The site of the new forensics lab at the Tabernacle Police Station
Prime Minister the Honourable Dr. Timothy Harris inspects the Olympus SZX16 comparison microscope in November 2015,
The site of the new forensics lab at the Tabernacle Police Station


Government’s investment in police force’s forensic capabilities continues in 2018

From the press unit in the Office of the Prime Minister

BASSETERRE, St. Kitts – Since assuming office in 2015, the Team Unity government has made significant financial investments in the human resource development and technological advancement of the Royal St. Christopher and Nevis Police, particularly as it relates to upgrading the force’s forensic capabilities.

Such investments include the sourcing of an Olympus SZX16 comparison microscope that has since been used to link several of the firearms recovered by law enforcement officers to homicides committed in the federation, training for local officers in operational forensic ballistics, the roll out of Phase One of the Cities and Roadways Surveillance System CCTV Project, as well as the hiring of Narace Ramnarine, a former law enforcement officer of 26 years in Trinidad and Tobago, as the head of the force’s Forensic Unit.

This substantial injection of resources into the law enforcement efforts in the country has led to significant decreases in major crimes in the federation in 2017 when compared to 2016. Preliminary statistics revealed by the police force indicate that there were decreases in the number of murder and manslaughter offences in 2017 from 31 in 2016 to 23 in 2017, representing a 26 percent decline.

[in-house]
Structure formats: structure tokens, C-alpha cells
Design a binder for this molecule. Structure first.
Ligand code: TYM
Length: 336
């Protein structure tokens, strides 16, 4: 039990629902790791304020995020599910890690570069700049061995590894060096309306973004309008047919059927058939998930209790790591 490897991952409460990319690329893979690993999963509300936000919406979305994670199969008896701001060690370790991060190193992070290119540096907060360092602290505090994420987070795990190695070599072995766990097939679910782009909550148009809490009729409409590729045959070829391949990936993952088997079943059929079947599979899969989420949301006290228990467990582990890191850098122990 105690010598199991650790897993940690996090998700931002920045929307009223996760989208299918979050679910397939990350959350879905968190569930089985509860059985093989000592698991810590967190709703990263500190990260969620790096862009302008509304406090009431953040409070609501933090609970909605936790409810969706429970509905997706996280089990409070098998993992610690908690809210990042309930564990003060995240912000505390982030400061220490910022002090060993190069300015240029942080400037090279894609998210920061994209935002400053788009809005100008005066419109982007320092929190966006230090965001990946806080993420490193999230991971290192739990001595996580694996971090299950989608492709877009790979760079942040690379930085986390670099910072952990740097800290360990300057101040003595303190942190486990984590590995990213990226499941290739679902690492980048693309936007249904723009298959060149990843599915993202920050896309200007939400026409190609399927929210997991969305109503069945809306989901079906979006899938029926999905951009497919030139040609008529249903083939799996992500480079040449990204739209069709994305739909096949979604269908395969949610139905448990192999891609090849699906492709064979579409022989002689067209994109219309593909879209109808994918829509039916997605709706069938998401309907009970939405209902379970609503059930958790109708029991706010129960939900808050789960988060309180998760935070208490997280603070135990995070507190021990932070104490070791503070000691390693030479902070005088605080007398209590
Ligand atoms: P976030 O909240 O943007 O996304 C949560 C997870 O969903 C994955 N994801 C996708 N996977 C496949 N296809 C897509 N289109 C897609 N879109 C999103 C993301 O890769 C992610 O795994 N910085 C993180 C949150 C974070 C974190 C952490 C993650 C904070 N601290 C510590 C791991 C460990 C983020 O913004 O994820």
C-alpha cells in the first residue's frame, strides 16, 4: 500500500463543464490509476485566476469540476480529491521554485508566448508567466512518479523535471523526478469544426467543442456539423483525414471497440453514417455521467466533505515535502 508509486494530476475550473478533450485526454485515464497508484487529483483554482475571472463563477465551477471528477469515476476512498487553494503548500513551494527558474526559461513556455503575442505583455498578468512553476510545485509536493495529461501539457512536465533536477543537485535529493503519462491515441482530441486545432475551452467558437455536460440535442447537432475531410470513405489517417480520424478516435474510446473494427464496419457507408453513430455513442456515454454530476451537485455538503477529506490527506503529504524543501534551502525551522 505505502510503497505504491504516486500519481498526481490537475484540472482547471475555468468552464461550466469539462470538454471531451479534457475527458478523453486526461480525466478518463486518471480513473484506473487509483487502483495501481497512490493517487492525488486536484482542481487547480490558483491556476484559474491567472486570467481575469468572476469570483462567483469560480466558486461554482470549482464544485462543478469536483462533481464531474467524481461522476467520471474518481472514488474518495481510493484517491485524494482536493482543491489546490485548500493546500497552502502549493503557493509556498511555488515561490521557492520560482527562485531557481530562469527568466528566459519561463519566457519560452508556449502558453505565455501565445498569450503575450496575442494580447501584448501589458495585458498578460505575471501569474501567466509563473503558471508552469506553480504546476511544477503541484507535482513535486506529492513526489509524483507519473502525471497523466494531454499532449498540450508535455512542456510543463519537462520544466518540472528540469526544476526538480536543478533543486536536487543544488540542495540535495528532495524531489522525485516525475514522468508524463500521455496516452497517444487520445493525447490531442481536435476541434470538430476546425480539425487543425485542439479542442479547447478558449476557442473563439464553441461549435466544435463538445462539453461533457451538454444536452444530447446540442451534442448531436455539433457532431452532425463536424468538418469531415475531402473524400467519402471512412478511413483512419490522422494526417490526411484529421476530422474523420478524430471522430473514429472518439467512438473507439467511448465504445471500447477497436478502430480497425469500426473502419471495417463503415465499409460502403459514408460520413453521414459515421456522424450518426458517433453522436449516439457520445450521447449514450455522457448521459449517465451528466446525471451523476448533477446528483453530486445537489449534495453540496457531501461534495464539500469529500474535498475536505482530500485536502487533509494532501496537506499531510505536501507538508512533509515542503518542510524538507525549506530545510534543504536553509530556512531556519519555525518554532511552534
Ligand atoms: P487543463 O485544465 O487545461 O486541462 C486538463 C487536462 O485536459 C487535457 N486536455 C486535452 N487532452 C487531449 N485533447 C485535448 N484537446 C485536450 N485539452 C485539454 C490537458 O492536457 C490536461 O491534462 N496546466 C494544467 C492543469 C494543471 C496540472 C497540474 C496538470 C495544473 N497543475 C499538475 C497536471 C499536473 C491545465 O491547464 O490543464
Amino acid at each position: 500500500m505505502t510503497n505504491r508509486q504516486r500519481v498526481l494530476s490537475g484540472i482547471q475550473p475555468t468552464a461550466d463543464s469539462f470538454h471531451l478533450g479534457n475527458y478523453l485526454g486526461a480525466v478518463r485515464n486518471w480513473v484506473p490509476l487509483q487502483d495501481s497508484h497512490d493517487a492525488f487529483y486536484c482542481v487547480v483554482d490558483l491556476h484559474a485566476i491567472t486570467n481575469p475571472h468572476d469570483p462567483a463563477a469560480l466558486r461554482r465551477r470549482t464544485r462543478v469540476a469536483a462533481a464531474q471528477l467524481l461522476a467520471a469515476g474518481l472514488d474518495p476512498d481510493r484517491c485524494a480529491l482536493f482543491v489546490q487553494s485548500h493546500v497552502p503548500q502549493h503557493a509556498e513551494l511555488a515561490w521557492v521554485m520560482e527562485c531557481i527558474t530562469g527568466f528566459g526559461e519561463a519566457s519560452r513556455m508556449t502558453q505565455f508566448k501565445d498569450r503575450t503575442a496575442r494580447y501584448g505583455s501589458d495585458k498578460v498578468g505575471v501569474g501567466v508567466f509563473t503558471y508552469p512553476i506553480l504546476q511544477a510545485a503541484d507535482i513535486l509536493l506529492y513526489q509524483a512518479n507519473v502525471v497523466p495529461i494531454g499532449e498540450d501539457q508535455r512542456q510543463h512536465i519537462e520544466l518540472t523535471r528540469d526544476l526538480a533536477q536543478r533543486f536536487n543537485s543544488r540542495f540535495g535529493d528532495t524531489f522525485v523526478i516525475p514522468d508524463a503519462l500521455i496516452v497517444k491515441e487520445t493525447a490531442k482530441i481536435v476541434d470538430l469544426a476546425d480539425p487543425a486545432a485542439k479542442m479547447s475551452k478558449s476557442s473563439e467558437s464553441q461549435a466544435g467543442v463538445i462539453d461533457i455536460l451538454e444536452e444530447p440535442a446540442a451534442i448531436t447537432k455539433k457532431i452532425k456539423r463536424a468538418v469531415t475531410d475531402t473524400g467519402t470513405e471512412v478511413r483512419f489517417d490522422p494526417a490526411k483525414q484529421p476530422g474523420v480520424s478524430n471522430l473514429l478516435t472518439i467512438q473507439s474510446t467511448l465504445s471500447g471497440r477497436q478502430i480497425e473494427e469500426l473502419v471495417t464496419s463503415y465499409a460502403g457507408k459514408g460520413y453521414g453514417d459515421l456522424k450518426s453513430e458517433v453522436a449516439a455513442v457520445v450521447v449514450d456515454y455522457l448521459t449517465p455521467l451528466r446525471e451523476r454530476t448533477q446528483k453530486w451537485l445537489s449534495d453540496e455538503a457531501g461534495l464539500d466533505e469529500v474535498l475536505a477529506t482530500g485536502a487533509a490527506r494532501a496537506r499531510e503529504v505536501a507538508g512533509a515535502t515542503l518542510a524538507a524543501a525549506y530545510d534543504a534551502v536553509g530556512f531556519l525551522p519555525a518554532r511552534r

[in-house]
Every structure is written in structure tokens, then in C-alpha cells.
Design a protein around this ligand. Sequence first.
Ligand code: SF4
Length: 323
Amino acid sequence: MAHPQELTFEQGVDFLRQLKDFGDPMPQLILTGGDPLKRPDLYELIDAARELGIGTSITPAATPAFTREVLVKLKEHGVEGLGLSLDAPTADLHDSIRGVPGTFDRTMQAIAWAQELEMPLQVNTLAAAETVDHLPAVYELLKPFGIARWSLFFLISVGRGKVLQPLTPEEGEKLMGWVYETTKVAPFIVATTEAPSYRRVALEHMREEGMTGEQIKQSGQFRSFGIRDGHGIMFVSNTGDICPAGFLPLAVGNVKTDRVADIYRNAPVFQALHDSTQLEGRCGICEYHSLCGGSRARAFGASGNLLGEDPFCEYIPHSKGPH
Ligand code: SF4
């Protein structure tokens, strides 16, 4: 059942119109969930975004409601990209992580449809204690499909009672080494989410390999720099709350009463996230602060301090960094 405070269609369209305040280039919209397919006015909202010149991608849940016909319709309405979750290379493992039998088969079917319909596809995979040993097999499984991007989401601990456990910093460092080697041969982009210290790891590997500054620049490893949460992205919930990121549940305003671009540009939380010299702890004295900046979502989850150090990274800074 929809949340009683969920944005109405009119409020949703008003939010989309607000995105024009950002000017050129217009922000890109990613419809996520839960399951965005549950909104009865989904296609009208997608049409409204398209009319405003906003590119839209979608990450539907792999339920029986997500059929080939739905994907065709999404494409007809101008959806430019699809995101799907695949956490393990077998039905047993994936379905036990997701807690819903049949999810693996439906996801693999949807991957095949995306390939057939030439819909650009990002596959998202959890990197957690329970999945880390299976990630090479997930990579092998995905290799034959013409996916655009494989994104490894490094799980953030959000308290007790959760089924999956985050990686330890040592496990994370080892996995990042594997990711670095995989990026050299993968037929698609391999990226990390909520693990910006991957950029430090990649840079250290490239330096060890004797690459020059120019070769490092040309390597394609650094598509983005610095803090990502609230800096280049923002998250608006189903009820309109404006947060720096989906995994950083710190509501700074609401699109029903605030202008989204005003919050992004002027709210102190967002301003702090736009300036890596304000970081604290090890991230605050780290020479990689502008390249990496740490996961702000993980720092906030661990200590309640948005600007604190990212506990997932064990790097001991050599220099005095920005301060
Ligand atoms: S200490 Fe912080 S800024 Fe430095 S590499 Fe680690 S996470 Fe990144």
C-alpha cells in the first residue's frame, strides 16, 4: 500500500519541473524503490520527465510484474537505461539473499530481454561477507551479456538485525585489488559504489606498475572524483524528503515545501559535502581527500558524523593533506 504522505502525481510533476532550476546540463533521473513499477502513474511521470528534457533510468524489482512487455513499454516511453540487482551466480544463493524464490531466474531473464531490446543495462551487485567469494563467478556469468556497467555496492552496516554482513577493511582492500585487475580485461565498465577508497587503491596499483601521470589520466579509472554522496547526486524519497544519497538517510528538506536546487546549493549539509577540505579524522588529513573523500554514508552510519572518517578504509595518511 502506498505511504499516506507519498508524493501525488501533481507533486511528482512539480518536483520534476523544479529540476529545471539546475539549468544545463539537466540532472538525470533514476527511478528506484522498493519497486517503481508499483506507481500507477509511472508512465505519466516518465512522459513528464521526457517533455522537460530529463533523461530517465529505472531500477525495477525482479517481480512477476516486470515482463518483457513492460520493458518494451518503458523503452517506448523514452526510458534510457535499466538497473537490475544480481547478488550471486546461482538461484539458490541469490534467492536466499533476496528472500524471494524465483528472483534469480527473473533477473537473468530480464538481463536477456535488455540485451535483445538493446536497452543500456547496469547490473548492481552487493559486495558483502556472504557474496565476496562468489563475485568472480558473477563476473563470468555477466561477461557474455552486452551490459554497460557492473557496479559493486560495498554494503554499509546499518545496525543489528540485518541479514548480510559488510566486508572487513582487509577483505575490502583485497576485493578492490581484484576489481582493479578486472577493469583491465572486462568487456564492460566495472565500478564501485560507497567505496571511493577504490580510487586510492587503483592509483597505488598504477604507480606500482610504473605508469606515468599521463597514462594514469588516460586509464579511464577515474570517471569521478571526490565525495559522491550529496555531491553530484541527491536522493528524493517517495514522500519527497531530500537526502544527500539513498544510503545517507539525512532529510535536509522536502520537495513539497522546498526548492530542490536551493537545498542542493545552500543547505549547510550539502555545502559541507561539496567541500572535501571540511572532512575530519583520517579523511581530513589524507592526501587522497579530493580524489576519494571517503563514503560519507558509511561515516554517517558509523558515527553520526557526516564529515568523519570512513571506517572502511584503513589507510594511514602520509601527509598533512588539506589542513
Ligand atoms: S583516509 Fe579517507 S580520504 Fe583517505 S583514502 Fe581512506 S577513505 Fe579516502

In 2018, the police force’s crime fighting efforts will be boosted even further through the addition of a state-of-the-art forensics lab located on the compound of the Tabernacle Police Station.

“We are now building out our forensic capacity and we are having a lab that is being built,” Commissioner of Police Ian Queeley stated during a press conference held at the Police Training School Jan. 17. “Work has commenced on that…and that lab would be equipped with the type of equipment that would help us to even bring more life to the investigations because we [will be able to] go back and [investigate] cold cases.”

A record 47 illegal firearms were removed from the streets of St. Kitts and Nevis in 2017, of which 38 resulted in people being held accountable. “Every firearm that is taken off the streets, be it involved in a case or otherwise, is properly analyzed, and so that ballistic analysis helps us to know whether or not that firearm was in fact linked to any other firearm offences that have been committed in the federation,” said Commissioner Queeley. “That analysis also provides for us intelligence on the type and frequency of the firearms that are used in various criminal acts.”

The Team Unity administration allocated EC$75.5 million to the Ministry of National Security for the 2018 fiscal year, which represents the largest budgetary support ever made toward the crime fighting efforts in St. Kitts and Nevis. This investment will go toward upgrading the coastguard facilities, improved facilities for police and fire officers, as well as the commencement of phase 2 of the CCTV programme.